Tuesday, August 31, 2010

Iraq's Unknown Casulties

Restoring Names to Iraq War’s Unknown Casualties

Plastic roses adorn an unmarked grave in the Cemetery of the Martyrs, built the day after Saddam Hussein’s fall on a park along the Tigris.

30 August 2010 - In a pastel-colored room at the Baghdad morgue known simply as the Missing, where faces of the thousands of unidentified dead of this war are projected onto four screens, Hamid Jassem came on a Sunday searching for answers.

In a blue plastic chair, he sat under harsh fluorescent lights and a clock that read 8:58 and 44 seconds, no longer keeping time. With deference and patience, he stared at the screen, each corpse bearing four digits and the word “majhoul,” or unknown:

No. 5060 passed, with a bullet to the right temple; 5061, with a bruised and bloated face; 5062 bore a tattoo that read, “Mother, where is happiness?” The eyes of 5071 were open, as if remembering what had happened to him.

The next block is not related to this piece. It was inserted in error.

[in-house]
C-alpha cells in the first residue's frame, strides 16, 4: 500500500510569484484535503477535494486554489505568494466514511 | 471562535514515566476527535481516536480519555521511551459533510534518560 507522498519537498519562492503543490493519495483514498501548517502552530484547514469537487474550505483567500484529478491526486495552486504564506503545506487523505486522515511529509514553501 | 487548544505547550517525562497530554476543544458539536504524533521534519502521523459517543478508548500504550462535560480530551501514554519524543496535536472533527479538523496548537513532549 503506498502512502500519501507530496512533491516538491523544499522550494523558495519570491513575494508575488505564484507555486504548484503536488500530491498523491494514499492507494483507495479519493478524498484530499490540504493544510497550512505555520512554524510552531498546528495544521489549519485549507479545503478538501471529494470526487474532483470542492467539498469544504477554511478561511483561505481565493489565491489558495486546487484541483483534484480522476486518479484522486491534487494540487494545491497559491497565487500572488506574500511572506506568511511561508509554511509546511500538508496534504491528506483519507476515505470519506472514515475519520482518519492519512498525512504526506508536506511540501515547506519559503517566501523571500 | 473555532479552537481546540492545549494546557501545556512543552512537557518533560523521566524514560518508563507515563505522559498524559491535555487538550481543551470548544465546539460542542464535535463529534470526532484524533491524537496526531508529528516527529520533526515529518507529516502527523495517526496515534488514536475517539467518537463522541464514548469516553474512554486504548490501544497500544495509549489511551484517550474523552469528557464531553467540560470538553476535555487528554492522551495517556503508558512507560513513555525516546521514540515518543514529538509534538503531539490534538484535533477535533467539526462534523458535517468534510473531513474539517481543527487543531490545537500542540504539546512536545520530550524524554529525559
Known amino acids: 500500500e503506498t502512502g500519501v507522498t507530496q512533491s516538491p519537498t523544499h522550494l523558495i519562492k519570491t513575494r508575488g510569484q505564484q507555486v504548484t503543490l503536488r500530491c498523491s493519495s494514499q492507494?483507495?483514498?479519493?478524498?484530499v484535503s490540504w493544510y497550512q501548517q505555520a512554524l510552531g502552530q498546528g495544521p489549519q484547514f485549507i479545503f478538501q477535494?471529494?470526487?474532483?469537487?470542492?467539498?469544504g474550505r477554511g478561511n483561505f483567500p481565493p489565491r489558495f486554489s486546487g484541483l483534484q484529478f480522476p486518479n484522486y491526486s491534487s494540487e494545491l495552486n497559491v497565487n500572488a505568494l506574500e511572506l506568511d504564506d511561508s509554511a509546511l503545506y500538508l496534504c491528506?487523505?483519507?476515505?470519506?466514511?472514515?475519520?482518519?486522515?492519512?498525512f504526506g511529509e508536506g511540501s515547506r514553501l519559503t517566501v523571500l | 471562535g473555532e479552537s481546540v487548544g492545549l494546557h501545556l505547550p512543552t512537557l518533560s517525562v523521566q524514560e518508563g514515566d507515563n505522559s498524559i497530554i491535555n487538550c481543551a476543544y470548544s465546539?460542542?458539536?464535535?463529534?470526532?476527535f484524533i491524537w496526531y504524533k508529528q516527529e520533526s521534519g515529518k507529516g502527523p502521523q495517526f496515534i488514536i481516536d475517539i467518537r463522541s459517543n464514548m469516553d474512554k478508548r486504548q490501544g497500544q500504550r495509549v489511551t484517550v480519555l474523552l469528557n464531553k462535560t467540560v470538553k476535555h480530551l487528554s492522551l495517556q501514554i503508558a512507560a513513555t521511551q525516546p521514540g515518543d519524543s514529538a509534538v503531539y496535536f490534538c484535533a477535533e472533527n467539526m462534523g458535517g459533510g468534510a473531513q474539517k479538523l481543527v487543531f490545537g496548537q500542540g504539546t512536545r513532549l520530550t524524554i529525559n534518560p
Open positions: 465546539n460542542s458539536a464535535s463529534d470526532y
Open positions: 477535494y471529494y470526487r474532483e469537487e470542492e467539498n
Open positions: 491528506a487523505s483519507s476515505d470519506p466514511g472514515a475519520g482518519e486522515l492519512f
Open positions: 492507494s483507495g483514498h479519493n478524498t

“Go back,” Hamid asked the projectionist. No. 5061 returned to the screen. “That’s him,” he said, nodding grimly.

His mother followed him into the room, her weathered face framed in a black veil. “Show me my son!” she cried. {read more

A 5-Year Journey to Unknown Grave 5061

Thousands of Iraqis travel each year to view pictures of their dead relatives at the morgue in Baghdad.

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